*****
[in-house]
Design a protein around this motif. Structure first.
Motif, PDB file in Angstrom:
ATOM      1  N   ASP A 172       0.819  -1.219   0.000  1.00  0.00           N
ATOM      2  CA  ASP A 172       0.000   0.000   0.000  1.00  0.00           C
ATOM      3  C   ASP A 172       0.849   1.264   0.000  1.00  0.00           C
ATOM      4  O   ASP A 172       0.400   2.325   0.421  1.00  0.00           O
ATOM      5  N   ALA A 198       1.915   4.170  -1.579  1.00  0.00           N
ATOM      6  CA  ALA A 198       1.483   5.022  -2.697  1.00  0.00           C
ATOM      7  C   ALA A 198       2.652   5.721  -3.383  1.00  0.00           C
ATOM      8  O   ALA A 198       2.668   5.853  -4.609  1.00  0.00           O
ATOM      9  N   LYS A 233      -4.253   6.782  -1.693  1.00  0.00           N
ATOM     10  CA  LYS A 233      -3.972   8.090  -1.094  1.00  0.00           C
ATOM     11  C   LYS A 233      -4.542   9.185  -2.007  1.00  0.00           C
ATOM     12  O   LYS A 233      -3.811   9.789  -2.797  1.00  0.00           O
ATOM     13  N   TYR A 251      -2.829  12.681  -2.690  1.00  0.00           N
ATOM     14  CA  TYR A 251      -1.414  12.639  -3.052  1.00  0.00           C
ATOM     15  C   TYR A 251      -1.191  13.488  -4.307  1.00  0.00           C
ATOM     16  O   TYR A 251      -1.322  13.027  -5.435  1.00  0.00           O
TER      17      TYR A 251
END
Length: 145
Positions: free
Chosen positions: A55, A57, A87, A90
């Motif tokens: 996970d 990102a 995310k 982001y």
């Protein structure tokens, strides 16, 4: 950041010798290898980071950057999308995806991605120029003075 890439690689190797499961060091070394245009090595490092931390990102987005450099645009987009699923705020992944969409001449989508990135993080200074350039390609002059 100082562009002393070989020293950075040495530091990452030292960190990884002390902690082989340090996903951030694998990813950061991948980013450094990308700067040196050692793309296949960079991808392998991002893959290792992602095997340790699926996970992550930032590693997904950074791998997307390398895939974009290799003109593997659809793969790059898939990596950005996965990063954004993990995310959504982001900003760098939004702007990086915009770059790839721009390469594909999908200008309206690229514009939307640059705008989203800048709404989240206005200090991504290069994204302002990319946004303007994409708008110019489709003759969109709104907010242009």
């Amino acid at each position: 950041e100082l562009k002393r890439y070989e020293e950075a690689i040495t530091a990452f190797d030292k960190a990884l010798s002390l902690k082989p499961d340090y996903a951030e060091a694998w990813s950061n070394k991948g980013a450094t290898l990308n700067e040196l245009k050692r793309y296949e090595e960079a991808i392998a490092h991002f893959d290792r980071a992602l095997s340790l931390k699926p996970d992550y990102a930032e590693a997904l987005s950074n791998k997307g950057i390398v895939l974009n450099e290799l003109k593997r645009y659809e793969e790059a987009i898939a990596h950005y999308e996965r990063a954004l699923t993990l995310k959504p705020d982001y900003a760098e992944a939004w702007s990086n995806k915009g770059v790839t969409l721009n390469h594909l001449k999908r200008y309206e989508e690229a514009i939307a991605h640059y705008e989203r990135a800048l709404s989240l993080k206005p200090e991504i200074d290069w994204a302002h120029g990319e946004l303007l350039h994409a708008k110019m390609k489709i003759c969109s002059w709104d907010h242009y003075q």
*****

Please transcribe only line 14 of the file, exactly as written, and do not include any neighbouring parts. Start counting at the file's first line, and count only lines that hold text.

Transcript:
ATOM     11  C   LYS A 233      -4.542   9.185  -2.007  1.00  0.00           C